Evans [5][6] described the jumping of click-beetles in depth. He showed how the hinge that functionally divides the body into two subunits is locked by a cuticular peg while a large longitudinal muscle connecting the two subunits contracts to store elastic energy. When the peg slides and unlocks the hinge the stored energy is abruptly released, flexing the body ventrally (Fig. 1) within less than 1 ms. The beetles he studied (Athous haemorrhoidalis, with body length 10–12 mm) jumped to a height of up to 30 cm (i.e. >25 body lengths) and performed up to six somersaults in the air before landing [5]. However, to flip back to its feet a click-beetle needs only to elevate its body by one body length and perform a half of a full revolution. Thus, the jumps of the click-beetles grossly exceed the minimal requirements for righting. This excess power output and the ∼50% probability of landing back on the feet suggest that the beetles are incapable of evaluating the forces and torques needed to flip over. Why this particular form of jumping can not be controlled more precisely is not clear.

Figure 1. Jumping click beetles.

A) a beetle just after leaving the ground showing the flexed body. B) a modeled beetle seen from the side. ‘a’, and ‘p’ denote the tip of the head and abdomen respectively. ‘o’ denotes the hinge. θ is the flexion angle, α and β are the angles between the long axes of the subunits and the horizontal. C) a model beetle in the pre-jump position (grey) and after flexing the body (black). Circles denote the center-of-mass of the subunits and red rectangles with an x denote the center-of-mass (CM) of the entire body in the pre-jump posture and after flexing.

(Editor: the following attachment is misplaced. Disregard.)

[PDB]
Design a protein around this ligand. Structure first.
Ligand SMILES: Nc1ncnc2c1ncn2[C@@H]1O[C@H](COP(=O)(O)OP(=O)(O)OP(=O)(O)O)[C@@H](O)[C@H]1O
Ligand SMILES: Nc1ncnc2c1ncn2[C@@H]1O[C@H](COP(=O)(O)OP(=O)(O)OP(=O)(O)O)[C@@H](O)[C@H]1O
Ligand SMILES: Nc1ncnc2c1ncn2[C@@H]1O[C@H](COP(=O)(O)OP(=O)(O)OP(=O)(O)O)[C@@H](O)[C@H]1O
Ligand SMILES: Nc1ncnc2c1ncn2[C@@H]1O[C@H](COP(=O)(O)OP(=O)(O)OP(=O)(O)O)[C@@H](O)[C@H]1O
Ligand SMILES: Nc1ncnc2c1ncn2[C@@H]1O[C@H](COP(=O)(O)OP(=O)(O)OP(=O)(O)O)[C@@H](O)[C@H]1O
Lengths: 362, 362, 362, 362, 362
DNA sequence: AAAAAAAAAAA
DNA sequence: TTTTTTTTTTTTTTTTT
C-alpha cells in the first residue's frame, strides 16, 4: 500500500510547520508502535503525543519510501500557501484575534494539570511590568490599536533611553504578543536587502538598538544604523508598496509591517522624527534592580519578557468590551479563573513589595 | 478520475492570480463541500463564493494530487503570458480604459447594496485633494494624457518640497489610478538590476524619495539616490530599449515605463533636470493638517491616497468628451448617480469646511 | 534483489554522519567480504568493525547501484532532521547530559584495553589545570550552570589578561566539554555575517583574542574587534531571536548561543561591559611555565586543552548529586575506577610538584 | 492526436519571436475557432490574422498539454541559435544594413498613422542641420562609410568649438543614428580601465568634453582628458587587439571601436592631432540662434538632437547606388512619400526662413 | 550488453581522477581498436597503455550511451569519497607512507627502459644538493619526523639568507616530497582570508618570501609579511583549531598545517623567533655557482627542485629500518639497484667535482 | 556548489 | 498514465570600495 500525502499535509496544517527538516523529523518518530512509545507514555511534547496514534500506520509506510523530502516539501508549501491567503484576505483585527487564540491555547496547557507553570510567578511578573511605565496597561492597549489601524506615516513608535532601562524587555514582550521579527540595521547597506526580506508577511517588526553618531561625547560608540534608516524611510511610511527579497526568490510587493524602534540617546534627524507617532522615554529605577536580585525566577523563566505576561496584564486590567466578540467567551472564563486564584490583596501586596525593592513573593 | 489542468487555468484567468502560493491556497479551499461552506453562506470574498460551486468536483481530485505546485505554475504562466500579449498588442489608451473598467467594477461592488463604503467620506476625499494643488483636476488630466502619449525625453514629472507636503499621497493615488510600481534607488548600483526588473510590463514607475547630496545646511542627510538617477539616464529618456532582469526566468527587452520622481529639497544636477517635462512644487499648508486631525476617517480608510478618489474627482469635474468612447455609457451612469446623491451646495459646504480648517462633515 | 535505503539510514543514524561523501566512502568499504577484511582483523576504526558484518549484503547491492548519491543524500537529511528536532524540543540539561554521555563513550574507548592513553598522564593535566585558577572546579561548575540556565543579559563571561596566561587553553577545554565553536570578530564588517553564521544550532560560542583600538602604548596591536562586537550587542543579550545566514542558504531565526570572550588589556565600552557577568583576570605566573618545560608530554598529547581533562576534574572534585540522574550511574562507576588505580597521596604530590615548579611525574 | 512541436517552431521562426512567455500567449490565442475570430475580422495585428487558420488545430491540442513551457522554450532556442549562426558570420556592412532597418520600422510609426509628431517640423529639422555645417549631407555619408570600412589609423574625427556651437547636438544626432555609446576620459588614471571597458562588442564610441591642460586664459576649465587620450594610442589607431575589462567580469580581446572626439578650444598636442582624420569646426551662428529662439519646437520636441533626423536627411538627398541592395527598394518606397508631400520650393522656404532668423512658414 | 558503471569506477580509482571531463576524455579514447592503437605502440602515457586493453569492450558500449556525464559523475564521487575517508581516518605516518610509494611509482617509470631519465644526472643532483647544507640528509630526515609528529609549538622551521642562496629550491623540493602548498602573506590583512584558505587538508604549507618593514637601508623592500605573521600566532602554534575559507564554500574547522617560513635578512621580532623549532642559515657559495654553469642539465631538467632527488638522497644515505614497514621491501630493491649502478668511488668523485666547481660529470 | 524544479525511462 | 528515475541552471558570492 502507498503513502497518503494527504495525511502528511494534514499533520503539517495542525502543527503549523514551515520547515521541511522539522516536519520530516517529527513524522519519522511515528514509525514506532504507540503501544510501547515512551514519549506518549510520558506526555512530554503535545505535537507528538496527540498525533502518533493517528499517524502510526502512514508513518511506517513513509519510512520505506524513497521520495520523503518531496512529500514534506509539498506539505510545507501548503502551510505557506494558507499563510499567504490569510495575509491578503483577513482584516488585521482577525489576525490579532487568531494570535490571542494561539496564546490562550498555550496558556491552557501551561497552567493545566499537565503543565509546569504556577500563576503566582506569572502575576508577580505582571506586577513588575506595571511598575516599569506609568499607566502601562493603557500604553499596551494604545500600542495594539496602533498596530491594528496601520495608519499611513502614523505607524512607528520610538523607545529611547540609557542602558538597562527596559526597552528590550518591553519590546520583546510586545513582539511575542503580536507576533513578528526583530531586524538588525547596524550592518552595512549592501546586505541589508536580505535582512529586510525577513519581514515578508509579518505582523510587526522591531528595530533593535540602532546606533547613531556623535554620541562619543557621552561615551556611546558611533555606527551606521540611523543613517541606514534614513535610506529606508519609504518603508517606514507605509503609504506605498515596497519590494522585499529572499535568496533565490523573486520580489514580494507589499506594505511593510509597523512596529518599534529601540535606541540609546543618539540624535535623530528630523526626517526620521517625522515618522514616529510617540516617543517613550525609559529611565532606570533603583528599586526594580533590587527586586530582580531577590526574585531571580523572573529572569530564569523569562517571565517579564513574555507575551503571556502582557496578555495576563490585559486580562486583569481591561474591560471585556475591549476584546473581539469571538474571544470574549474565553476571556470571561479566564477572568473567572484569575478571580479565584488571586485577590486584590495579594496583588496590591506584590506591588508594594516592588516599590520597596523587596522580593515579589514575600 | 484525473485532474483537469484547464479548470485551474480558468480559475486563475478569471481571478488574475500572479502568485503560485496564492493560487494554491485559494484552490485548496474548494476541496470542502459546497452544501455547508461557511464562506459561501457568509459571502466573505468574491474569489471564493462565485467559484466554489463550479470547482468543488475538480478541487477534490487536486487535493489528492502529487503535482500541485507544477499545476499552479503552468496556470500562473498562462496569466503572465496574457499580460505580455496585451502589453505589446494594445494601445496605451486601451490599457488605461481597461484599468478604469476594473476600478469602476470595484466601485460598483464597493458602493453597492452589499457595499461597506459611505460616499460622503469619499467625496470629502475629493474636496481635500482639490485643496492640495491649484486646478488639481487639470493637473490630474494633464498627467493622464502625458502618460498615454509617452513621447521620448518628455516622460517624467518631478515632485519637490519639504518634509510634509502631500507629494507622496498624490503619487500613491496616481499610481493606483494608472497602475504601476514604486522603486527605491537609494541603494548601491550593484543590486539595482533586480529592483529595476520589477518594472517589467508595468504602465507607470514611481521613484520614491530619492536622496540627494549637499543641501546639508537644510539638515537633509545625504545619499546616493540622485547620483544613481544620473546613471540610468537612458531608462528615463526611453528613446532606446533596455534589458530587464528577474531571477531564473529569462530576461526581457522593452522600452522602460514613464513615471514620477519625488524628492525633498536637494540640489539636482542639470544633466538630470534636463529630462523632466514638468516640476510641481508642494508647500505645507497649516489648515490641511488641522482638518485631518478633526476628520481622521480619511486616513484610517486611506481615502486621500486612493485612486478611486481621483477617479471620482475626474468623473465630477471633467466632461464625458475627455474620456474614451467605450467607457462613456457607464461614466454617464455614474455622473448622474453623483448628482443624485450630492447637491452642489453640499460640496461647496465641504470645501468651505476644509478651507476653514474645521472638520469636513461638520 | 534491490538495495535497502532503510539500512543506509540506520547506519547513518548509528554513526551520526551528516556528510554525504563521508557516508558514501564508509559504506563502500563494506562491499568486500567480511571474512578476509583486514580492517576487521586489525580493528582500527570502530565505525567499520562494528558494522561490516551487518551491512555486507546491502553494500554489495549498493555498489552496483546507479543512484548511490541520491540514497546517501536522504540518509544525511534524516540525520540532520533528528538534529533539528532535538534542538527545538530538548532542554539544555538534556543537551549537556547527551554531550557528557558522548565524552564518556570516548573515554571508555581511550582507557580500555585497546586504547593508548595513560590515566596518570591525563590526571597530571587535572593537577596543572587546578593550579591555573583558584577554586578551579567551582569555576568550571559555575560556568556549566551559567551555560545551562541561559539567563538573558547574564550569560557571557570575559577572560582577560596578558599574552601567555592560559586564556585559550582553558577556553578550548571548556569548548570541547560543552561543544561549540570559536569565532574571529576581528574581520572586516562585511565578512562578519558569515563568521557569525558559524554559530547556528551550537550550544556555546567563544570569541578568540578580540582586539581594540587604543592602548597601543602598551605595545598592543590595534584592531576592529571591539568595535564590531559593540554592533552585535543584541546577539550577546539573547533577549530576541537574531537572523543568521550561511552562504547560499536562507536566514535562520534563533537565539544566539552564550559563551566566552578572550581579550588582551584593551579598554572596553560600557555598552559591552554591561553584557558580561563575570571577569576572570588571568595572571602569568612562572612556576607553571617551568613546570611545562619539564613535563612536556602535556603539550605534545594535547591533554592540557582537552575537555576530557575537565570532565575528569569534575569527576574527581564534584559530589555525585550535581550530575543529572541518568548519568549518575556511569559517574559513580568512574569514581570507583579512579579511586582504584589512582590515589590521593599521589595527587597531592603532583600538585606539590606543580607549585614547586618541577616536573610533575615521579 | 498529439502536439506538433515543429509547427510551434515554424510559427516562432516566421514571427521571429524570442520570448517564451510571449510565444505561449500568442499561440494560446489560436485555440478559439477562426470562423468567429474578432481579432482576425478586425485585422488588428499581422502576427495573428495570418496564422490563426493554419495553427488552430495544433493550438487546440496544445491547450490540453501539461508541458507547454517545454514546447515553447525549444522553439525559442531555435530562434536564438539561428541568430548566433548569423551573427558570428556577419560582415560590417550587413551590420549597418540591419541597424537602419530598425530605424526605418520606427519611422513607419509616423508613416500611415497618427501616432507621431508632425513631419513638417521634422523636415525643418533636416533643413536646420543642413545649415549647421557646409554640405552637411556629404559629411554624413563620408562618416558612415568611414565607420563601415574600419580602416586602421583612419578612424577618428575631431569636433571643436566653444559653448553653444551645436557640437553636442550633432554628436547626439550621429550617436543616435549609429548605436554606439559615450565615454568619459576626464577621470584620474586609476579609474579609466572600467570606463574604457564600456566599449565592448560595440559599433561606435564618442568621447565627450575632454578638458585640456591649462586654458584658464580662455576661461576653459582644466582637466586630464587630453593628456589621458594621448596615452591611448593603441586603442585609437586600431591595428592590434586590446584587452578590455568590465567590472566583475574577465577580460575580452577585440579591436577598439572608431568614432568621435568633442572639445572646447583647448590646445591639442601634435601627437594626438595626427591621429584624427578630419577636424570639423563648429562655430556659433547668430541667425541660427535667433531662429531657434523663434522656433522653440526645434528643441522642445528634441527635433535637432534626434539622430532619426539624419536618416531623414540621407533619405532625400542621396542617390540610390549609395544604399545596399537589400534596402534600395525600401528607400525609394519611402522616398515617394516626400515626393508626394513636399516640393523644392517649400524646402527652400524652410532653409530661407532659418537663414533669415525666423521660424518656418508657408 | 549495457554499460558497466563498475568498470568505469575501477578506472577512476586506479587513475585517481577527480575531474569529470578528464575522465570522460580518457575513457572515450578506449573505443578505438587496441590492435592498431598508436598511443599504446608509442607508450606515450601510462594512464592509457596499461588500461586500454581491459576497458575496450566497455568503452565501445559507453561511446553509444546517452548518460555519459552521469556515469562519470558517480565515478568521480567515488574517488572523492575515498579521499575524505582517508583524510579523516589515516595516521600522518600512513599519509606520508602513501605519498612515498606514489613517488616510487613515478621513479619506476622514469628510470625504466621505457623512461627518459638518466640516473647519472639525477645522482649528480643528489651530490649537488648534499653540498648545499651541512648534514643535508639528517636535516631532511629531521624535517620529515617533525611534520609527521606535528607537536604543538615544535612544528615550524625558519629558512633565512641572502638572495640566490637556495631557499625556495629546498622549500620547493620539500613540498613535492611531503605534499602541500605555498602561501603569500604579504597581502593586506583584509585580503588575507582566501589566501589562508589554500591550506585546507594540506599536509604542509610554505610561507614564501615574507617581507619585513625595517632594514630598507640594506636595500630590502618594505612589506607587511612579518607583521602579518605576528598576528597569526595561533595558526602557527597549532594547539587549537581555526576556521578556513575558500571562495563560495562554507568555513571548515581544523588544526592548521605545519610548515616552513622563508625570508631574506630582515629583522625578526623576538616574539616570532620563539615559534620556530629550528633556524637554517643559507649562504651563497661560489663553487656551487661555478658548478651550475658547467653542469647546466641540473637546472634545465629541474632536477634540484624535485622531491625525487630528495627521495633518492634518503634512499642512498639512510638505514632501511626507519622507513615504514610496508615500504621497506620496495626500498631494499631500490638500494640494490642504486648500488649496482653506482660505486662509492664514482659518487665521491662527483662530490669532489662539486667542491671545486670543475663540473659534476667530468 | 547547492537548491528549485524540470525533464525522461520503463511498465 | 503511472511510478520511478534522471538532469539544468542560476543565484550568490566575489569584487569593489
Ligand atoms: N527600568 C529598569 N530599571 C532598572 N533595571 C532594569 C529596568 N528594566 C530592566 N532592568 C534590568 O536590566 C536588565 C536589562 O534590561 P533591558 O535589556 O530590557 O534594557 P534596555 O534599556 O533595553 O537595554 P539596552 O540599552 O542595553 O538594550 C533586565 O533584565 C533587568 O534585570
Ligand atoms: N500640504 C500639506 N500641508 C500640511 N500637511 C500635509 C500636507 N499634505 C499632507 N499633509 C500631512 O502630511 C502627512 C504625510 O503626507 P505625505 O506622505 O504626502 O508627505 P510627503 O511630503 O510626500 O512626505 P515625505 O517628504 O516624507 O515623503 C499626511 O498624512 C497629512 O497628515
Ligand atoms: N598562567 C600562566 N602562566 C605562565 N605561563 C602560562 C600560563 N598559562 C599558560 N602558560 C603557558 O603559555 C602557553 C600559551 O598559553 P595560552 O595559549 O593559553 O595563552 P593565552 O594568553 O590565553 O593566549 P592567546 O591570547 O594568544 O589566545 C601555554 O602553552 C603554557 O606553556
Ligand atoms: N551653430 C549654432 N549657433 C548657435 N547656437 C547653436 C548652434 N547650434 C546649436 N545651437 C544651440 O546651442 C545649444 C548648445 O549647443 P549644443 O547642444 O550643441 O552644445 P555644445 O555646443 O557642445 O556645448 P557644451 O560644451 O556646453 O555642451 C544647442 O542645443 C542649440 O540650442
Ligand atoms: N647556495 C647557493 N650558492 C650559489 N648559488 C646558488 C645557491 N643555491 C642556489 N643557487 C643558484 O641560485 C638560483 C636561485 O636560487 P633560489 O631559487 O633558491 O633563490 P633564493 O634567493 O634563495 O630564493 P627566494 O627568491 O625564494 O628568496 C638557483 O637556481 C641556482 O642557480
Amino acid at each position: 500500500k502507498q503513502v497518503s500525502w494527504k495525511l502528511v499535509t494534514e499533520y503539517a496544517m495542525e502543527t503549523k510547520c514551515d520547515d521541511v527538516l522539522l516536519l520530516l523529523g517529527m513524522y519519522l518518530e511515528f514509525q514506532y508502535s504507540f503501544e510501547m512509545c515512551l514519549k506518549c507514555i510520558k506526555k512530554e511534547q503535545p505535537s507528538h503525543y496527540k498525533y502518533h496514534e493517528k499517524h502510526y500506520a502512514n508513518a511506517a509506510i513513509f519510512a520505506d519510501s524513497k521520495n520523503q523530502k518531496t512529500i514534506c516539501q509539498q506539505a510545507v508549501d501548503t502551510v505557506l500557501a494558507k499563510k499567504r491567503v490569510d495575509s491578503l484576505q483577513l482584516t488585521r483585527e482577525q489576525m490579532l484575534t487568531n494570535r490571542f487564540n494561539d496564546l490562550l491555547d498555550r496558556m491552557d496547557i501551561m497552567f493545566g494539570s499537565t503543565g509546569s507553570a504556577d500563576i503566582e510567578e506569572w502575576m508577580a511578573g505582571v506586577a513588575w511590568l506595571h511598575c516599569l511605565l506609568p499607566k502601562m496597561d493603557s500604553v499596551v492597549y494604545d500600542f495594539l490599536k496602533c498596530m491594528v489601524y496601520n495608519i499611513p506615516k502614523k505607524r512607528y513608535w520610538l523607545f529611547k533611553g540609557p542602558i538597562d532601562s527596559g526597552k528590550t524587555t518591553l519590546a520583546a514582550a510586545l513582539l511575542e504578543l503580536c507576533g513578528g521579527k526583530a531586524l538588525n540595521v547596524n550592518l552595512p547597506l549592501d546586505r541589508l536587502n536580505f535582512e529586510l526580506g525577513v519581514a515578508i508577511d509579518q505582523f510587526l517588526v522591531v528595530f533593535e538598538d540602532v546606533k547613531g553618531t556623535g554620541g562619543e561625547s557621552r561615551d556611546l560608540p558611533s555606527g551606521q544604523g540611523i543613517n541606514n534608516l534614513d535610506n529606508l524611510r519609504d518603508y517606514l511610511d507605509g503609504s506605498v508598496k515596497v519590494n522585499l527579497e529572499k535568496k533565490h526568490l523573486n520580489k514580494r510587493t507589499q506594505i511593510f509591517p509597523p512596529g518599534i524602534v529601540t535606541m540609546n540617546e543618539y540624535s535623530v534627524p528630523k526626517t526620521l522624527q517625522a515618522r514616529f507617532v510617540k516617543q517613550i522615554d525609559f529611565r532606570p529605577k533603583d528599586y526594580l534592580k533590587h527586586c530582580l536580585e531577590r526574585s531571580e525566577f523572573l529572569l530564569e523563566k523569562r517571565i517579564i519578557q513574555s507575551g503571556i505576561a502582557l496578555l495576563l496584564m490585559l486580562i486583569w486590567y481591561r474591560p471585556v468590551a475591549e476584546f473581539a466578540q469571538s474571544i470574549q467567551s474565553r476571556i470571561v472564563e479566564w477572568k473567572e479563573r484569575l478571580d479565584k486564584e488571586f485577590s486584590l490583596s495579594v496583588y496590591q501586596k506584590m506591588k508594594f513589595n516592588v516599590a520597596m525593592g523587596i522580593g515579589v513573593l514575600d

Intrigued by the evolution of a unique righting mechanism that seems to be deprived of means to control the orientation of the body during the jump and landing, we investigated how a fixed elastic action results in different body orientation at landing every time. We analyzed the jumps of Lanelater judaicus from movies showing the trajectory of the beetles in air. The kinematics data and beetle morphology were used to construct a biomechanical model of the jumping mechanism. The model was then used to evaluate the jumping constraints from the mechanical relation between the flexion dynamics of the body and the resulting aerial maneuver.